Disparities along racial and socioeconomic lines have long persisted in health care. But it’s only somewhat recently that the health care industry’s often glitzy gatherings have started grappling with health equity, as the pandemic both widened health inequities and also demonstrated the potential of technology to tackle them.
Companies selling sleek and convenient digital health services like virtual doctors’ visits or apps to manage diabetes often struggle to get them into the hands of the patients who could benefit the most: people who don’t have primary care doctors, or those who can’t take time off work or struggle to access transportation for in-person appointments. And while the industry recognizes that issue, it still isn’t doing enough yet to reach those patients, panelists said this week at the Milken Institute’s Future of Health Summit.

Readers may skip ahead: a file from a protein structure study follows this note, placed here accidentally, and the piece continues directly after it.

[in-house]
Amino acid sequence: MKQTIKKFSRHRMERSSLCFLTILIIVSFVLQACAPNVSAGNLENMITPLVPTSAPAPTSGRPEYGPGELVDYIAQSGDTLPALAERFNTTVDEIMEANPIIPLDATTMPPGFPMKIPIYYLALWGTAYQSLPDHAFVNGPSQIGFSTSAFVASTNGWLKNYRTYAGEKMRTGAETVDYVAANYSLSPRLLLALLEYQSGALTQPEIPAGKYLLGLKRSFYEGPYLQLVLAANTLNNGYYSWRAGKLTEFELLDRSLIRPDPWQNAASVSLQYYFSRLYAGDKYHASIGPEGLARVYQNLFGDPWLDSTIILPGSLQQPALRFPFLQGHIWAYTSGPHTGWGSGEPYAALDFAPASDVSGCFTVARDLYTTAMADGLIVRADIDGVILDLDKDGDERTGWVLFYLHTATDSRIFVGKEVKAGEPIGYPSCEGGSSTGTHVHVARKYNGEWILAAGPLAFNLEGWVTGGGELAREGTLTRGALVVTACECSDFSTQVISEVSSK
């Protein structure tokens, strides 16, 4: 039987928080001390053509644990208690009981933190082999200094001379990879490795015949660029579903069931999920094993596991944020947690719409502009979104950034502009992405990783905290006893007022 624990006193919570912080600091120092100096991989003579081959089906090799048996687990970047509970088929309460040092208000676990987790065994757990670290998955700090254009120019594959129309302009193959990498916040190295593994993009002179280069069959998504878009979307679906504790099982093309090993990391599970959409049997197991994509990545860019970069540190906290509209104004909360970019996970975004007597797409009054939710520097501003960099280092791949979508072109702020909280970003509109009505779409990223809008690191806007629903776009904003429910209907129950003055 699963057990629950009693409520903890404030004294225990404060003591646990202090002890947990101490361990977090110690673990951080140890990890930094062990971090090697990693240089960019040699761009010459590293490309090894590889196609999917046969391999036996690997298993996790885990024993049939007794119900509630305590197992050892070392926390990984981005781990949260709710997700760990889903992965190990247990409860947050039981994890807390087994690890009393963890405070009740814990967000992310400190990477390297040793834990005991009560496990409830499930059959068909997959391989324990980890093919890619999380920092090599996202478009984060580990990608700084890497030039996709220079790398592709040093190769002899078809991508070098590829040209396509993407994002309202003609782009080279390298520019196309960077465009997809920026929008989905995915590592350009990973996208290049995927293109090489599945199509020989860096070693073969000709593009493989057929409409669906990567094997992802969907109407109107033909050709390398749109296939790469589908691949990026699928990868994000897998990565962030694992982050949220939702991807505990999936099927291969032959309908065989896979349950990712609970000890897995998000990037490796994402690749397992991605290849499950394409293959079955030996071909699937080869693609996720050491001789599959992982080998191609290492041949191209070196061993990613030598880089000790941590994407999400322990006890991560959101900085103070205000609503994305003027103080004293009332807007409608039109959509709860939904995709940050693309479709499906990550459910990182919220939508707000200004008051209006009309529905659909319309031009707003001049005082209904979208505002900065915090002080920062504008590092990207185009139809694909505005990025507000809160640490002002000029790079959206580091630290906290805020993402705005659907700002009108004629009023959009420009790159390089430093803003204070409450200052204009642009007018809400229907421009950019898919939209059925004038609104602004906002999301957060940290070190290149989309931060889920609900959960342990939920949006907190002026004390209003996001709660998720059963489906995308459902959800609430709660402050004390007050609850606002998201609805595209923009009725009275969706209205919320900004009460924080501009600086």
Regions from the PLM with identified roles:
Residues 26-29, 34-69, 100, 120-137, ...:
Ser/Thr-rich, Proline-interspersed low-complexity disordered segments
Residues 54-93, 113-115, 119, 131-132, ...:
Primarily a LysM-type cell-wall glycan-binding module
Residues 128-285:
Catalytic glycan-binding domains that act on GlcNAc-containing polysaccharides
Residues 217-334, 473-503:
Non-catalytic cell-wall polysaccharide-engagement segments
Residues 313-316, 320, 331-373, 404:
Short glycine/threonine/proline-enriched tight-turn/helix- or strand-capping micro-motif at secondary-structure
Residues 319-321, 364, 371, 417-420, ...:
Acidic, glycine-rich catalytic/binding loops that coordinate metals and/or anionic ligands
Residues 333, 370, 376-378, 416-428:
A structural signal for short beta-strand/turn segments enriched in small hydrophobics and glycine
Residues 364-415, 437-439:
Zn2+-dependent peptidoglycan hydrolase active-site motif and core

“We’ve not been really engaging communities when we’re developing these tools,” said Irene Dankwa-Mullan, chief health equity officer at Merative, a new company formed using data assets bought from IBM’s Watson Health business.
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